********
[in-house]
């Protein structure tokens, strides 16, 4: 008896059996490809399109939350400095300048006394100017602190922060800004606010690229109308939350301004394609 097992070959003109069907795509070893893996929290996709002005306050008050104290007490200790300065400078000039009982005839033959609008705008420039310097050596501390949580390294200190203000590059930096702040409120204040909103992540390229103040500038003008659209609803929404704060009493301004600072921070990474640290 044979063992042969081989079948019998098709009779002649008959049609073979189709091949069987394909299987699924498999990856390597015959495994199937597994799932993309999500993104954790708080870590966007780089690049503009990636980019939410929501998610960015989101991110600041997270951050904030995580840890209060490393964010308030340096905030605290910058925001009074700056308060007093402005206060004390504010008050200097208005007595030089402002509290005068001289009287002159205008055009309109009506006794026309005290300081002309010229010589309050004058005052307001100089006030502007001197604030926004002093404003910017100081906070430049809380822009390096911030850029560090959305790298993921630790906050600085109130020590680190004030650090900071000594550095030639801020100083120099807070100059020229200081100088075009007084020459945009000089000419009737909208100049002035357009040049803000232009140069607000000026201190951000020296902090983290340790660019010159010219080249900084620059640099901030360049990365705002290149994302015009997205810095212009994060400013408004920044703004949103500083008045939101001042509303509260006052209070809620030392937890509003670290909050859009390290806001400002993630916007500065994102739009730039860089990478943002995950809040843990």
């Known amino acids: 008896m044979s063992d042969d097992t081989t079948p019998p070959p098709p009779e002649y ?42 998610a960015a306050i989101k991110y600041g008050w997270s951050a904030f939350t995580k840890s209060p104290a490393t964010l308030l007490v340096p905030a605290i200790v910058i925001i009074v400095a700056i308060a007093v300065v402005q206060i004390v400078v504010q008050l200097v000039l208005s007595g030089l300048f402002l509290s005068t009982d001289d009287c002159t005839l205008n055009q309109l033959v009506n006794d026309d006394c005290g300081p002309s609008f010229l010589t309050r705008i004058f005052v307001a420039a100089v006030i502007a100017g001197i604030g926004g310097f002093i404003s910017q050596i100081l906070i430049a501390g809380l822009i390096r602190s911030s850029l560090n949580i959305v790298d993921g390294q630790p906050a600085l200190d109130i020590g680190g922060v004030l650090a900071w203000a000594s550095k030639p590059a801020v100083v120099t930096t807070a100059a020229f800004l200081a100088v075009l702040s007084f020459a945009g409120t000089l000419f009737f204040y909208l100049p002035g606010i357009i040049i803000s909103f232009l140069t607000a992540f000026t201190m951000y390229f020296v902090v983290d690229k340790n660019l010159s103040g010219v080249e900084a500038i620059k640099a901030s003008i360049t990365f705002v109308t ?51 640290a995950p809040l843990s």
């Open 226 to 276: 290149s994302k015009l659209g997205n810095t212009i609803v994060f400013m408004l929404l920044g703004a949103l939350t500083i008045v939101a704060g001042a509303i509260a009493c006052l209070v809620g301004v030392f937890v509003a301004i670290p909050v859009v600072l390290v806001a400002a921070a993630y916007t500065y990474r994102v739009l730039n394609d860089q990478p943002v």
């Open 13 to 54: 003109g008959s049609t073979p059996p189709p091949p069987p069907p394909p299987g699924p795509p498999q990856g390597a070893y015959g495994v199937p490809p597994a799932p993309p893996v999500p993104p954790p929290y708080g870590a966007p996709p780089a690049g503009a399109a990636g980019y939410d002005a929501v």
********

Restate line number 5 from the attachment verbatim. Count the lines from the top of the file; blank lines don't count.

């Open 13 to 54: 003109g008959s049609t073979p059996p189709p091949p069987p069907p394909p299987g699924p795509p498999q990856g390597a070893y015959g495994v199937p490809p597994a799932p993309p893996v999500p993104p954790p929290y708080g870590a966007p996709p780089a690049g503009a399109a990636g980019y939410d002005a929501v």